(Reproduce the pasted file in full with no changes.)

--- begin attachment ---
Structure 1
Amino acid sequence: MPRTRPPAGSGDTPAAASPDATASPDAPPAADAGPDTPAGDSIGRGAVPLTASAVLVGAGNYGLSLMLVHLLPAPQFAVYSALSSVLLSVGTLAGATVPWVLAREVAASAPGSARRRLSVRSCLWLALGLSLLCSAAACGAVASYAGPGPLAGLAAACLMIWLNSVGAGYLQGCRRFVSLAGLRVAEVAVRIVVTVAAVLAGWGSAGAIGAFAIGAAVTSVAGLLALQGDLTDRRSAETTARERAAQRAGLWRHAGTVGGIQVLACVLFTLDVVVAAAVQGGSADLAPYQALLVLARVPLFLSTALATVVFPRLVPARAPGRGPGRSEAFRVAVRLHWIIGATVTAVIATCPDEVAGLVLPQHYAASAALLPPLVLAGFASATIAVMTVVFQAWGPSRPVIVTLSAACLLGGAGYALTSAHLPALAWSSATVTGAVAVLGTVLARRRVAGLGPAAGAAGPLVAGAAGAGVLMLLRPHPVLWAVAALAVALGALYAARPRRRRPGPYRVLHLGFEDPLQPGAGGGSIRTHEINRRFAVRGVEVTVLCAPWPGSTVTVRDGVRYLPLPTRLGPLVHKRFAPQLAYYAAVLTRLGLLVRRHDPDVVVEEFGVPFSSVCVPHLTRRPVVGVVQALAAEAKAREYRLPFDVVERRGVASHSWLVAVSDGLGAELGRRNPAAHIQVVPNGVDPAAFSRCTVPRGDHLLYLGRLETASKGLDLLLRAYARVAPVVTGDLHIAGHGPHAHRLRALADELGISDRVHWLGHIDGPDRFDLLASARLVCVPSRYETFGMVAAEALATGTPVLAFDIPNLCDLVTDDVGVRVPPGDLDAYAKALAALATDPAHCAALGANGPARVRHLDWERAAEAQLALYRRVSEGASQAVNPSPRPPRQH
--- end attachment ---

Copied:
Structure 1
Amino acid sequence: MPRTRPPAGSGDTPAAASPDATASPDAPPAADAGPDTPAGDSIGRGAVPLTASAVLVGAGNYGLSLMLVHLLPAPQFAVYSALSSVLLSVGTLAGATVPWVLAREVAASAPGSARRRLSVRSCLWLALGLSLLCSAAACGAVASYAGPGPLAGLAAACLMIWLNSVGAGYLQGCRRFVSLAGLRVAEVAVRIVVTVAAVLAGWGSAGAIGAFAIGAAVTSVAGLLALQGDLTDRRSAETTARERAAQRAGLWRHAGTVGGIQVLACVLFTLDVVVAAAVQGGSADLAPYQALLVLARVPLFLSTALATVVFPRLVPARAPGRGPGRSEAFRVAVRLHWIIGATVTAVIATCPDEVAGLVLPQHYAASAALLPPLVLAGFASATIAVMTVVFQAWGPSRPVIVTLSAACLLGGAGYALTSAHLPALAWSSATVTGAVAVLGTVLARRRVAGLGPAAGAAGPLVAGAAGAGVLMLLRPHPVLWAVAALAVALGALYAARPRRRRPGPYRVLHLGFEDPLQPGAGGGSIRTHEINRRFAVRGVEVTVLCAPWPGSTVTVRDGVRYLPLPTRLGPLVHKRFAPQLAYYAAVLTRLGLLVRRHDPDVVVEEFGVPFSSVCVPHLTRRPVVGVVQALAAEAKAREYRLPFDVVERRGVASHSWLVAVSDGLGAELGRRNPAAHIQVVPNGVDPAAFSRCTVPRGDHLLYLGRLETASKGLDLLLRAYARVAPVVTGDLHIAGHGPHAHRLRALADELGISDRVHWLGHIDGPDRFDLLASARLVCVPSRYETFGMVAAEALATGTPVLAFDIPNLCDLVTDDVGVRVPPGDLDAYAKALAALATDPAHCAALGANGPARVRHLDWERAAEAQLALYRRVSEGASQAVNPSPRPPRQH